Van Breda to take stand in new court term

Source in lawyers’ team con­firms he will tes­tify in his own de­fence, which could be chal­leng­ing

Weekend Argus (Saturday Edition) - - FRONT PAGE - MARK BEHR

HENRI van Breda will tes­tify in his own de­fence, prob­a­bly when the Western Cape High Court re­sumes for the third term on Oc­to­ber 9.

De­fence ad­vo­cate Pi­eter Botha hinted at this sev­eral times dur­ing his cross-ex­am­i­na­tion, but Van Breda’s ap­pear­ance in the wit­ness box was con­firmed this week by a source in his de­fence team.

Van Breda has pleaded not guilty to the mur­der of his mother Teresa, fa­ther Martin and brother Rudi van Breda, and the at­tempted mur­der of his sis­ter Marli in their home in the lux­ury De Zalze Es­tate in Stel­len­bosch on Jan­uary 27, 2015.

The State is ex­pected to close its case on Mon­day af­ter Botha com­pletes his cross-ex­am­i­na­tion of their vet- eran blood spat­ter ex­pert, the con­vinc­ing and knowl­edge­able Cap­tain Mar­ius Jou­bert, who has not blinked once un­der de­fence fire.

Once the State wraps up, Botha will have to play his hand which is most likely go­ing be a re­quest to the court that he call Van Breda only at the start of the new term on Oc­to­ber 9 and not next week.

“Nor­mally the ac­cused tes­ti­fies first,” said an in­formed source. “This pre­vents him amend­ing his ver­sion of events once his ex­perts have tes­ti­fied. But the de­fence can re­quest that Henri doesn’t tes­tify first so long as they pro­vide Judge De­sai with com­pelling rea­sons for the change of or­der.”

Botha will prob­a­bly choose this route as the sec­ond term ends on Thurs­day and he would not want a two-week in­ter­rup­tion of his client’s cru­cial tes­ti­mony. Ex­perts say Botha would rather utilise the re­cess to rest and prep his client ex­haus­tively with­out any dis­trac­tions.

Van Breda’s tes­ti­mony and cross-ex­am­i­na­tion is ex­pected to last at least five days.

If De­sai al­lows Van Breda to take the stand in the new term, then it’s likely that Botha will lead with ex­pert wit­nesses who do not ad­dress the mer­its of the case.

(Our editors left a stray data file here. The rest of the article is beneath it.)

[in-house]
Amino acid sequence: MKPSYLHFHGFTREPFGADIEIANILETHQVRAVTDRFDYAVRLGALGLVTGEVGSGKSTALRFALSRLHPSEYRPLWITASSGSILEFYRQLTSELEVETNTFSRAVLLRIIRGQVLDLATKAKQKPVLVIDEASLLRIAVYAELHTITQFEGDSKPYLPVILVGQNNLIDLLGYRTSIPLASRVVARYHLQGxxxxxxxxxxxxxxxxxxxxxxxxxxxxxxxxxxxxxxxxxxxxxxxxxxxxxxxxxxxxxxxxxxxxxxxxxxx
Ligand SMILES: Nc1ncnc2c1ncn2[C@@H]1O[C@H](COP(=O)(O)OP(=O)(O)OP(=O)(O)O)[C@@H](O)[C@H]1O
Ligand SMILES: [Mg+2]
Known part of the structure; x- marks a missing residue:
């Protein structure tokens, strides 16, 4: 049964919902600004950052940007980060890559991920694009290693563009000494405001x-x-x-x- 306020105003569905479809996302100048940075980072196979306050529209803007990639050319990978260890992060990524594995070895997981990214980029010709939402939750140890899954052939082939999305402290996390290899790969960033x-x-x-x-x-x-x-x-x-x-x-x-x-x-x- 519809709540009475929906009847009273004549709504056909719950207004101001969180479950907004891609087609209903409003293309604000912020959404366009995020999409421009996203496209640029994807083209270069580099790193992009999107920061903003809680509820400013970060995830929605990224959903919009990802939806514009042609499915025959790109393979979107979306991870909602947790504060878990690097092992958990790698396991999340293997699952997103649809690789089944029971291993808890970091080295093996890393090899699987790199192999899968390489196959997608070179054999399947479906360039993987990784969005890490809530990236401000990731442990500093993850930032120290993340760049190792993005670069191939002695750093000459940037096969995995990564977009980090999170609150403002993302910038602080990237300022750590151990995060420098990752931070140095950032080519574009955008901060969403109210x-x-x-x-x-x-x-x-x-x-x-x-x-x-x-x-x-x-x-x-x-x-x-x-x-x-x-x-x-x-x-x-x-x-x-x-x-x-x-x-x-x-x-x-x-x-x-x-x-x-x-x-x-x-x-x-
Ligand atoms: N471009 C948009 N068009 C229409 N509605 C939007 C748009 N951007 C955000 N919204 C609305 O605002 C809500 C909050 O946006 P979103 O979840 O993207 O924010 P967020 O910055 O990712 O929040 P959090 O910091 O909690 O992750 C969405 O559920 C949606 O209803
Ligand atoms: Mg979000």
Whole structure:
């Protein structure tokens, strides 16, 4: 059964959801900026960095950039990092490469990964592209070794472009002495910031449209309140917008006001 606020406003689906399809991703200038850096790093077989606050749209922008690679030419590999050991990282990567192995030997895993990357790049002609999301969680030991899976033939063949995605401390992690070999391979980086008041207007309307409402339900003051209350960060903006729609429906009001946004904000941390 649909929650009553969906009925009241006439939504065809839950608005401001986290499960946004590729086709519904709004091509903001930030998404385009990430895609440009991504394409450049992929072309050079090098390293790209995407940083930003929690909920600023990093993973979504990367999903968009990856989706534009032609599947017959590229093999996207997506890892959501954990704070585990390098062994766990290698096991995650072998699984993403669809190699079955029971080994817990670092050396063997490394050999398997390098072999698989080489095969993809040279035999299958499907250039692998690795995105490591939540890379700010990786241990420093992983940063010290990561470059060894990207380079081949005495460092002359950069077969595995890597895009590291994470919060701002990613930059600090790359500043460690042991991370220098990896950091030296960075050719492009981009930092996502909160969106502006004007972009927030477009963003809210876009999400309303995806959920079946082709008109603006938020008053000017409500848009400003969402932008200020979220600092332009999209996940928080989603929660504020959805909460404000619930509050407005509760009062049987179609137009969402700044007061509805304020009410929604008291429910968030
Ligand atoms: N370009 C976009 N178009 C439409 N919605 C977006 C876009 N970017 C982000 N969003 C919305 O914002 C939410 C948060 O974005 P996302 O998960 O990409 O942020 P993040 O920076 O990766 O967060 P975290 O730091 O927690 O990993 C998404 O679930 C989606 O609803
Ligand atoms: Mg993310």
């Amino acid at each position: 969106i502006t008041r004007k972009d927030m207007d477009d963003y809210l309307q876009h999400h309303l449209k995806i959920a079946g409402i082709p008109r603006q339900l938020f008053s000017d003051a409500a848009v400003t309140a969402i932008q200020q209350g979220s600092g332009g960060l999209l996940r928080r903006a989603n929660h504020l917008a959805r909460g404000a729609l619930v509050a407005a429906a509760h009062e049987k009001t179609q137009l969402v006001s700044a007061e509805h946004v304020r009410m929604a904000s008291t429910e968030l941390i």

The pos­si­bil­ity of Van Breda not tak­ing the stand is re­mote. “If Botha doesn’t call him then he has big­ger prob­lems than he will have if he does put him on the stand,” said a sea­soned ad­vo­cate who did not want to be named.

“That’s the beauty of cir­cum­stan­tial ev­i­dence – the guilt of the ac­cused does not have to be the only in­fer­ence. It just has to be the only rea­son- able in­fer­ence. If Henri does not give a rea­son­ably pos­si­bly true al­ter­na­tive ex­pla­na­tion for the in­crim­i­nat­ing cir­cum­stan­tial ev­i­dence then the court must ac­cept the State’s in­ter­pre­ta­tion of the cir­cum­stan­tial ev­i­dence that has been pre­sented as the only rea­son­able ex­pla­na­tion. So Van Breda has to tes­tify to pro­vide some sort of equally com­pelling ex­pla­na­tion.”

Van Breda has al­ready pro­vided a ver­sion in his plea state­ment pre­sented at the start of his high court trial. The source said: “But it’s im­por­tant to re­mem­ber that his state­ment has not been tested un­der cross-ex­am­i­na­tion.

“So at this stage it’s sim­ply a ver­sion of events. It was not made un­der oath so the court can’t take that ver­sion into ac­count in his favour un­til he tes­ti­fies un­der oath and the State has tested him on his ver­sion.”

Botha could call ex­perts to counter the State’s in­ter­pre­ta­tion of the cir­cum­stan­tial ev­i­dence, which in­cludes some very in­crim­i­nat­ing tes­ti­mony by State ex­perts, but the prob­lem for the de­fence is the court doesn’t have to ac­cept their ver­sions or opin­ions.

“Ex­pert opin­ion is only pro­vided to as­sist the court in mak­ing de­ci­sions. Which is why it’s a no-brainer that Henri has to tes­tify if he stands any chance of an ac­quit­tal.”

It seemed Botha would com­plete his cross-ex­am­i­na­tion of Jou­bert on Thurs­day but the po­lice ex­pert put a spoke in his wheel when he con­fi­dently stepped out of the stand to demon­strate why, in his opin­ion, it was un­likely that Van Breda had thrown the axe at a flee­ing mur­derer (played by the court or­derly) when he was close enough to strike him di­rectly in the back.

Clearly an­noyed at Jou­bert’s demon­stra­tion and his prox­im­ity to the “at­tacker”, Botha boomed that Jou­bert was cre­at­ing a false im­pres­sion.

But Judge De­sai quickly re­minded Botha: “I will de­cide whether the im­pres­sion is false or not.”

Ad­di­tional chal­lenges for the de­fence in the days ahead will be to counter Jou­bert’s con­vinc­ing tes­ti­mony that the blood splat­ter on Van Breda’s sleep shorts placed him close to his brother, fa­ther and mother when they were axed.

He had claimed in his plea state­ment that he was stand­ing frozen at the door­way of the brother’s en-suite bath­room, sev­eral me­tres away, and wit­ness­ing the fren­zied axe at­tack.

Once in the stand Van Breda will also be hard-pressed to ex­plain why Jou­bert did not find any blood spat­ter on his naked torso, arms or legs con­sis­tent with the blood spat­ter found on his socks.


Triple mur­der ac­cused Henri van Breda out­side the Western Cape High Court as pro­test­ers picket.

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